HURLEYVILLE – Danny Abelson still ponders the moment his son reached a social level his parents never dreamed possible. It was three years ago at Tilly’s Diner in Monticello. Danny and his wife, Patti, witnessed their then 31-year-old son, Tommy, who has a developmental disability, kidding with Jim Sullivan, a Hurleyville fire department member. Tommy turned to Sullivan, who was walking behind him, and jokingly asked, “Are you following me?” to which Sullivan replied, “As a matter of fact, I am.”With a wry smile, Tommy replied, “OK, I was just checking.”

To Tommy’s parents, it was magical, the culmination of his time working with Center for Discovery® staff since moving to one of its residences in Hurleyville in 2007.It was a high-level interaction between two equal men, after Tommy had spent life struggling to think and communicate.“Tommy is moving confidently in a way that’s bigger than us,” Abelson said.“He’s become a person who counts in the world.”

Seventy years after the Center for Discovery®’s predecessor organization was founded, it’s become a renowned caregiver and researcher for individuals with complex developmental disabilities, and it’s still expanding after years of growth.

Already Sullivan County’s largest employer, with 1,600 employees, the center plans to hire 400 more across its departments by 2020. Plus, the nonprofit recently received state approval to build a $15 million pediatric specialty hospital in the Town of Thompson. Plans call for an 18-bed sub-acute treatment and research center of up to 30,000 square feet, focused on autism and other complex conditions. The nonprofit’s leaders would not say where it might be.

But Bill Rieber and Steve Vegliante, supervisors of the towns of Thompson and Fallsburg, and Sullivan County Partnership President and CEO Marc Baez said the center is negotiating with state officials to buy the former Frontier Insurance building in Rock Hill. The center’s leaders said they hope to open the hospital in 2020, with 100 staff members annually serving 160 patients ages 5 to 21. Each will generally stay 30 to 90 days.

Growth spurt

Begun in 1948 by a few families from the Jeffersonville area as the United Cerebral Palsy Association of Sullivan County, the center now helps 1,200 clients annually.

In recent years, the center has grown to:

  • develop 50 residences integrating people with developmental disabilities into communities, while providing a long list of therapy services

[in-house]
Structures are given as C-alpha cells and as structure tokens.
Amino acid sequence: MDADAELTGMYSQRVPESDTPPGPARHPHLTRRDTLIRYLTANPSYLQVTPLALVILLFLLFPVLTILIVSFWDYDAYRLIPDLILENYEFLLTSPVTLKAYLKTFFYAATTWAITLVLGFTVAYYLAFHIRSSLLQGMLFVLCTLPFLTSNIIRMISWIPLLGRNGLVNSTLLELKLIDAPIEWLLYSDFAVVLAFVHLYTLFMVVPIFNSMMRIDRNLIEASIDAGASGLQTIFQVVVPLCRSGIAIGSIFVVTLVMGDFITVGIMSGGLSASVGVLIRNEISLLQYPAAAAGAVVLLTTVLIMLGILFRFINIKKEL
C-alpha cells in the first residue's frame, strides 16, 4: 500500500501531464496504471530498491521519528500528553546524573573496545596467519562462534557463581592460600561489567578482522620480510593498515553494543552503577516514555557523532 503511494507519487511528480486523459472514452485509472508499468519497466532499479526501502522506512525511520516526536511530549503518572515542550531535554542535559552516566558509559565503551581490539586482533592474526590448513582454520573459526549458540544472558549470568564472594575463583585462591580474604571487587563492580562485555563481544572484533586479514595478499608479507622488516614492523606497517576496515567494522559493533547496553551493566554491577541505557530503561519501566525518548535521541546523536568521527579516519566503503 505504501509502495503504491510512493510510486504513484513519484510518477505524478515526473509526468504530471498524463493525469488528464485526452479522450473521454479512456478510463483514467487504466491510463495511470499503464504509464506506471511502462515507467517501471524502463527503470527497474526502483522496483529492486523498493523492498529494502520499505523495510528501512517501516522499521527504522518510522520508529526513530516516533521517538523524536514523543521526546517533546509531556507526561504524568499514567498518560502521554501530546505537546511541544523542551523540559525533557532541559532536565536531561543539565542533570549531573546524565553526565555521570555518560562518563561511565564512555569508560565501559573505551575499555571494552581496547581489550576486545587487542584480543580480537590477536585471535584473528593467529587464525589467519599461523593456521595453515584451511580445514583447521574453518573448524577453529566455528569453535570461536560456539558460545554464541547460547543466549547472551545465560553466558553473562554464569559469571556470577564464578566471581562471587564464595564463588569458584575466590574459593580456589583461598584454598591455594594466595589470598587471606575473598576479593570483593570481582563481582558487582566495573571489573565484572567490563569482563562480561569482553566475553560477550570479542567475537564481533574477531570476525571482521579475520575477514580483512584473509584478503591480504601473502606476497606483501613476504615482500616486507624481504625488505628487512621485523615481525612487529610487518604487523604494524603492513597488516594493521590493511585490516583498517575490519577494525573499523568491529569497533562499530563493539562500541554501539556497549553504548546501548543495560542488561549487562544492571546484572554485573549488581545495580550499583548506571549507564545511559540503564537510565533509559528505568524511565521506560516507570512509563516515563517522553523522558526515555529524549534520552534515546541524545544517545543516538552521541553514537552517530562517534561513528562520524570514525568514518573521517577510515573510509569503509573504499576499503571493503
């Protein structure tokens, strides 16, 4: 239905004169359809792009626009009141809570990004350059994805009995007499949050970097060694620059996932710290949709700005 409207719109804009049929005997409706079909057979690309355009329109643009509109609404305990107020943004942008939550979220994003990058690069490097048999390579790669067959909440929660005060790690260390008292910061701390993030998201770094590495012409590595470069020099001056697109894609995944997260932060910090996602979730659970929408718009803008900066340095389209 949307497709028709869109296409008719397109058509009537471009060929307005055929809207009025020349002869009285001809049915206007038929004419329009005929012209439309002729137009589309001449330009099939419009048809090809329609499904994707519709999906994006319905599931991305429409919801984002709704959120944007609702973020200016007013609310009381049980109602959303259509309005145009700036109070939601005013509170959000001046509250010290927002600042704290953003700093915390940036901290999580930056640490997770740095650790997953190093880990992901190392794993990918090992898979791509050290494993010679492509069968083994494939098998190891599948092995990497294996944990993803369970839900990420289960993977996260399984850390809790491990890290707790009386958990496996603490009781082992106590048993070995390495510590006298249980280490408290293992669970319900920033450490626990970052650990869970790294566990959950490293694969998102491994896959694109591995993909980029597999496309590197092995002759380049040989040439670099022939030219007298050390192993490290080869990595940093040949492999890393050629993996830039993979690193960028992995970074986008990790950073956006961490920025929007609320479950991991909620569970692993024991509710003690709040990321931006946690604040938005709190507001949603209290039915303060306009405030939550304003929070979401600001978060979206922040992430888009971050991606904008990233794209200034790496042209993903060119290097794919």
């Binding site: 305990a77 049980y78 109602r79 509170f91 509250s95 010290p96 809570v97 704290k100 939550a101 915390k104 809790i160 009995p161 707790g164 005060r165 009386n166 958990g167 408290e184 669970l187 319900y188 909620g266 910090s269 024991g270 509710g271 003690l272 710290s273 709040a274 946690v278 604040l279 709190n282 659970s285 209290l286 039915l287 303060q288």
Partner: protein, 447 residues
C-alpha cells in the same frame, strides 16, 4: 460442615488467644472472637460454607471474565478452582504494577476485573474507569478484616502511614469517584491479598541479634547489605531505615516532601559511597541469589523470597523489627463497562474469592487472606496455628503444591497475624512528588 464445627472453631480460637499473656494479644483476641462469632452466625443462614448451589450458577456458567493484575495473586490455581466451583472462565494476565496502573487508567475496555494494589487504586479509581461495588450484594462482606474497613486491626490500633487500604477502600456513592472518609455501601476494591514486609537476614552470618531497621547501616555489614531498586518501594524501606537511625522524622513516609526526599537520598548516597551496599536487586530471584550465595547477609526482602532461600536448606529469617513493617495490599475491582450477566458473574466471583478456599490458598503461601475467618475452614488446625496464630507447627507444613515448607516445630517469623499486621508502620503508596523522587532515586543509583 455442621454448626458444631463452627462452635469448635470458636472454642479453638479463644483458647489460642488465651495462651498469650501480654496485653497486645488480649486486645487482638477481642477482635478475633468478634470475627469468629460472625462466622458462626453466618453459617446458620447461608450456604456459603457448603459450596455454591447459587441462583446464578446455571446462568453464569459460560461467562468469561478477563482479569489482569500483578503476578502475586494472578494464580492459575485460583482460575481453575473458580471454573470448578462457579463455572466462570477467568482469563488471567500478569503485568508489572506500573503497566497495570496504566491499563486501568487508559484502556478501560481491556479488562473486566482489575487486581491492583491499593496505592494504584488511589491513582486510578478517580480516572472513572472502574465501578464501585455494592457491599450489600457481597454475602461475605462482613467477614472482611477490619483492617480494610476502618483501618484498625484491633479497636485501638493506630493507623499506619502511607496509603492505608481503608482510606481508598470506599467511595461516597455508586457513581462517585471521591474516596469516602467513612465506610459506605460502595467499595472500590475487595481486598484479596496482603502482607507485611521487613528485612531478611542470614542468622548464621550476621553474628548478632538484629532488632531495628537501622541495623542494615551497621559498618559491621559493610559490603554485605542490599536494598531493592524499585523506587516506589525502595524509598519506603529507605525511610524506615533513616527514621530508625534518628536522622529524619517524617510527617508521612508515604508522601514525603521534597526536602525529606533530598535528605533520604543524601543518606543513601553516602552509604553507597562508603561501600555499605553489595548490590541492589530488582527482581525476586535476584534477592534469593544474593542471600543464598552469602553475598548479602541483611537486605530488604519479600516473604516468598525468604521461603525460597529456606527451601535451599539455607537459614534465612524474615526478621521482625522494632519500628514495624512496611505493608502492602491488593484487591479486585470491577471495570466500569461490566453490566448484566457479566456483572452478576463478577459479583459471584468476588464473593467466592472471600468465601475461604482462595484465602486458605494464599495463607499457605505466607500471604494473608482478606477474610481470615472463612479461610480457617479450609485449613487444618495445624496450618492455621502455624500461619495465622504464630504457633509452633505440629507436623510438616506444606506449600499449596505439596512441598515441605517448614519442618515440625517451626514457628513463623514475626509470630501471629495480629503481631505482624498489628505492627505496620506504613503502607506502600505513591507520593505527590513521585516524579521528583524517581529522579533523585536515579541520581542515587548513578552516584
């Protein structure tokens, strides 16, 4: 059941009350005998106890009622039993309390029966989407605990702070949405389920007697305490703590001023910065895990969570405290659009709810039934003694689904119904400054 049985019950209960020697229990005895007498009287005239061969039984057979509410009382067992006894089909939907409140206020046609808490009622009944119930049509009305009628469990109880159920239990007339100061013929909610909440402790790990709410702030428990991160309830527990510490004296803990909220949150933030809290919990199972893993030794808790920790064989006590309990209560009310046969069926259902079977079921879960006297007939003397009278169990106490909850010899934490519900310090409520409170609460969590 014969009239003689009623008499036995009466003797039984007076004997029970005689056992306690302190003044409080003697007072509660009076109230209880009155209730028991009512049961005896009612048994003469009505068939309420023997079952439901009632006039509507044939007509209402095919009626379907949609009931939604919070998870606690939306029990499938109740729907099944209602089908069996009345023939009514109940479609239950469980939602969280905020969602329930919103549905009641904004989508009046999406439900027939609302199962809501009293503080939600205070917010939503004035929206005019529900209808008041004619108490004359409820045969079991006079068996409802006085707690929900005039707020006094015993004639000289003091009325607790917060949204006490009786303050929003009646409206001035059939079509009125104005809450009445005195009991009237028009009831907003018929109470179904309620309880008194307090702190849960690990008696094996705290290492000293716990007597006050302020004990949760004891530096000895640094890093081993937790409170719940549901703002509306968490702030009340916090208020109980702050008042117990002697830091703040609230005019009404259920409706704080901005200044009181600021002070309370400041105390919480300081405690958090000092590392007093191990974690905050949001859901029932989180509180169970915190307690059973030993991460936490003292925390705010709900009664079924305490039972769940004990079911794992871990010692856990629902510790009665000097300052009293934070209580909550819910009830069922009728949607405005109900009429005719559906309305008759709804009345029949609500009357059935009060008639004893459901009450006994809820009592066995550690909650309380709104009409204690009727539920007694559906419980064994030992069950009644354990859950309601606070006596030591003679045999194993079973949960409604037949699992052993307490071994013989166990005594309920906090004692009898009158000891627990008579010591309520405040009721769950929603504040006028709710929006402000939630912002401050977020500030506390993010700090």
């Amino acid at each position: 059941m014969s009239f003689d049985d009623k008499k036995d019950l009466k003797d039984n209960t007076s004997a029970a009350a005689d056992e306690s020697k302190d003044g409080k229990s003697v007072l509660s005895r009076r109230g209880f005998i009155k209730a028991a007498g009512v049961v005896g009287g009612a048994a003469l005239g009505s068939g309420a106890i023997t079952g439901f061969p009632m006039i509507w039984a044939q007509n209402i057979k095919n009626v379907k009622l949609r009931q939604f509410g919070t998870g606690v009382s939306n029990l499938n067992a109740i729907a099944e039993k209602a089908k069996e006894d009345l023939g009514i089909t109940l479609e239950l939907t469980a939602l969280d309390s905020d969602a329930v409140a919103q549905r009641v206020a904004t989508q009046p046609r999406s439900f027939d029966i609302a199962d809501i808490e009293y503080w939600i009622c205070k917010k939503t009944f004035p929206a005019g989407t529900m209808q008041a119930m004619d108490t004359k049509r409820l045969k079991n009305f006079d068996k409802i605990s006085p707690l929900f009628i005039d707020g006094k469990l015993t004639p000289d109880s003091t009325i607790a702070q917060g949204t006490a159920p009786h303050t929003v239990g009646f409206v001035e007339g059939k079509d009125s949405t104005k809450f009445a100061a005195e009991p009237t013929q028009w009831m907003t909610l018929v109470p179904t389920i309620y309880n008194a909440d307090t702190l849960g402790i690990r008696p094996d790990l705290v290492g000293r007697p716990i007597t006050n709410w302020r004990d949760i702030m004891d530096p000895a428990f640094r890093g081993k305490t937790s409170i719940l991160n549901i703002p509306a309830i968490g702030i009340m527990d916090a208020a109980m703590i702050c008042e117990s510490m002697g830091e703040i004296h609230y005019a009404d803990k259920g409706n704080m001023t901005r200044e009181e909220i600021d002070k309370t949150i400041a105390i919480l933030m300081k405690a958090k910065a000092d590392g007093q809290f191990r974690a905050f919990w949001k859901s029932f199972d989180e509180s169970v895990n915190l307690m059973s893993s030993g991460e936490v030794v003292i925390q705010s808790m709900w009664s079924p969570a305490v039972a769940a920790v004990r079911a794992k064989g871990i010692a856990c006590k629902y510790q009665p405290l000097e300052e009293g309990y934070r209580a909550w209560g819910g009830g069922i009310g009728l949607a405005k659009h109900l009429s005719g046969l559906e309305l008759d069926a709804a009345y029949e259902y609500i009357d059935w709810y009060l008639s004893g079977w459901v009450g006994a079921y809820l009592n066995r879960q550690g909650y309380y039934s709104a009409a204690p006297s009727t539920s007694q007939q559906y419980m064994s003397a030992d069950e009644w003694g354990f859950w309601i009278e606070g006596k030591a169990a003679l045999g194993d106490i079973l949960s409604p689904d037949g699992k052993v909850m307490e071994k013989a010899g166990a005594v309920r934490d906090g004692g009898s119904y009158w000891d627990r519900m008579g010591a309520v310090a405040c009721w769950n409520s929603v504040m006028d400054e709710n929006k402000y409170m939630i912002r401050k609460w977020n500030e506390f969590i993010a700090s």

• build a cutting-edge, cross-disciplinary research center studying autism, dementia, ADHD and other brain disorders
  • buy and harvest 300 acres of organic farmland to feed center residents and staff and create food production facilities including a bakery
  • redevelop downtown Hurleyville to help private operators open a variety of businesses
  • collaborate with the Open Space Institute and the Town of Fallsburg to purchase and upgrade the nine-mile Milk Train Trail, which connects Ferndale to South Fallsburg.

“It’s a living model of what inclusion looks like,” said Abelson. Her son works at the Hurleyville Market, volunteers at the fire department, walks the rail trail and performs at the Hurleyville Arts Centre. He’s even acting as Tevye in the center’s upcoming “Fiddler on the Roof” production. “The center is a gem in our community, and I’m thrilled they’re here,” said Town of Fallsburg Supervisor Vegliante. “They’ve completely redesigned and redeveloped Hurleyville, which has enabled other private investment to follow in this area.”

Sullivan County leaders often credit the center and Alan and Sandra Gerry, the philanthropic forces behind the Bethel Woods Center for the Arts, for showing that positive development was possible even during the county’s dark decades.

“Alan likes to say he just helped keep the lights on” following the decline of the county’s resorts, said Sandra Gerry, chairwoman of the Gerry Foundation’s Sullivan Renaissance program and the Sullivan 180 revitalization organization. “But one person or entity didn’t do it alone.”

“The hospital, the local government stepping to the plate, Sullivan Renaissance, the casino, and a lot of other people have worked together” to rejuvenate the county, Gerry added. “The center has played a marvelous role in keeping the economy going in this area, too. I don’t know what we would’ve been as a county without them.” Rieber also can’t picture Sullivan County without the center. “I don’t think we’d have replaced the jobs we’ve lost, or we’d have had a higher incidence of unemployment as people (moved) out of the area to get jobs,” Rieber said.

In 2016, the center disbursed $77.14 million in wages, generated $102 million in direct economic output, and paid $3.2 million in state and local taxes, according to a recent center-commissioned economic impact study by analytics firm Teconomy Partners. “When the center’s leaders make up their minds to do something, they never go in halfway or three quarters,” said Baez of the Sullivan County Partnership, an economic development organization. “Their outcomes always exceed our expectations.”

Hospital on the horizon

A hospital is the center’s next big plan, and local elected leaders said the former Frontier Insurance building is a possible location.

The New York Liquidation Bureau took over the insurance business in the early 2000s, following massive losses, wound it down and closed it in 2013, leaving vacant a prime Sullivan County building.

“The goal of our whole organization is to create the architecture of healing,” said Patrick Dollard, 68, who attributed the center’s success to the creative, open-minded leaders and staff hired since he became president and CEO in 1980.

“We don’t treat the disability. We treat the person.”